Clara Hughes’ journey devoted to mental health continues this week in Labrador
Six-time Olympic medallist Clara Hughes fought back tears of joy as she shared her thoughts with those who gathered to greet her on Signal Hill Sunday afternoon.
“Honestly, I’m going to cry because we’re here and everyone on our team knows how hard it has been, and we actually made it,” she said on a hill cloaked in fog.
Olympian Clara Hughes gets a big hug from Seamus O’Regan after she arrived at the top of Signal Hill Sunday afternoon during the Clara’s Big Ride for mental health awareness. — Photo by Keith Gosse/The Telegram
Billed as “Clara’s Big Ride for Bell,” Hughes pedalled across Canada to raise awareness about mental health in Canada and the need for more resources to help those living with mental illness.
“It’s been amazing everywhere, and what it has shown us is Newfoundland and everybody here cares a whole lot about mental health,” she said Sunday, representing Day 45 of her team’s journey.
Hughes is a two-sport athlete who has experienced success both as a speed skater and a cyclist, having won medals in the Winter Olympics and Summer Olympics.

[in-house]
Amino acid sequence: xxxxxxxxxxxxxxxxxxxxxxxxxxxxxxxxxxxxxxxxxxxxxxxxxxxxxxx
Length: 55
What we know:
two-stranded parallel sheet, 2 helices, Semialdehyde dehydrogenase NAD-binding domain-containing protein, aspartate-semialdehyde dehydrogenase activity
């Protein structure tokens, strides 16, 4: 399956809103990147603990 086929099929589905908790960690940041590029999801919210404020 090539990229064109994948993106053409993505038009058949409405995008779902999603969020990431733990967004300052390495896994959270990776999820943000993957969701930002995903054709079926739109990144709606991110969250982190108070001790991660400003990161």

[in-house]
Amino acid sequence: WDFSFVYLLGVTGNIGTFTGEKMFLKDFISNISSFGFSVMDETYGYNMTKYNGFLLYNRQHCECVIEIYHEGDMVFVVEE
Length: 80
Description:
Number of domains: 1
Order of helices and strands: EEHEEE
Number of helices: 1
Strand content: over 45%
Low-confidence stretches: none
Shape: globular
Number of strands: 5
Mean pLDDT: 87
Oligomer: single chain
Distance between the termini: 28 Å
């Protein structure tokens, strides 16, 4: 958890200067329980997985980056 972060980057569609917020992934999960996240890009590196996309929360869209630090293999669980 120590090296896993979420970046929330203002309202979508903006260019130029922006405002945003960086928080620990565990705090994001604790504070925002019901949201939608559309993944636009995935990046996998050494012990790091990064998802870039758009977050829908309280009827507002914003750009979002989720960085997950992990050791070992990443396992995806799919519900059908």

Hughes’ journey will continue by air this week with a flight to Labrador. She will visit people in Hopedale and Nain. Hughes was in the latter community last year for outreach work on mental health.
“There’s amazing work being done up there. There’s a whole lot of struggle, but people care and are making a difference.”
Hughes made note of the Going Off, Going Strong program in Nain that works with at-risk youth.
“It grew in the community. It’s an organic thing that grew out of the (Nain Research Centre), and I’m so proud to actually support that,” she said, noting a speaking fee received last year in St. John’s was donated to that program.
“There’s no exception to the lacking of resources in most places when it comes to mental health, but there’s also no exception to the amount of people that are taking it into their own hands and making a difference, creating initiatives, volunteering their time, giving to the community and to people that are struggling, and I think in a big way, making the rate of people struggling and suffering in silence a lot less.”
The ride up Signal Hill was a surprising one for Hughes, who admitted to having previously confused it with Citadel Hill in Halifax, a city where she has raced before.
“Which isn’t that big of a hill compared to Signal Hill, now that I have ridden it,” she laughed. “It’s steep.”
Hughes was also grateful for the fog having experienced many days riding in rain and snow on her travels.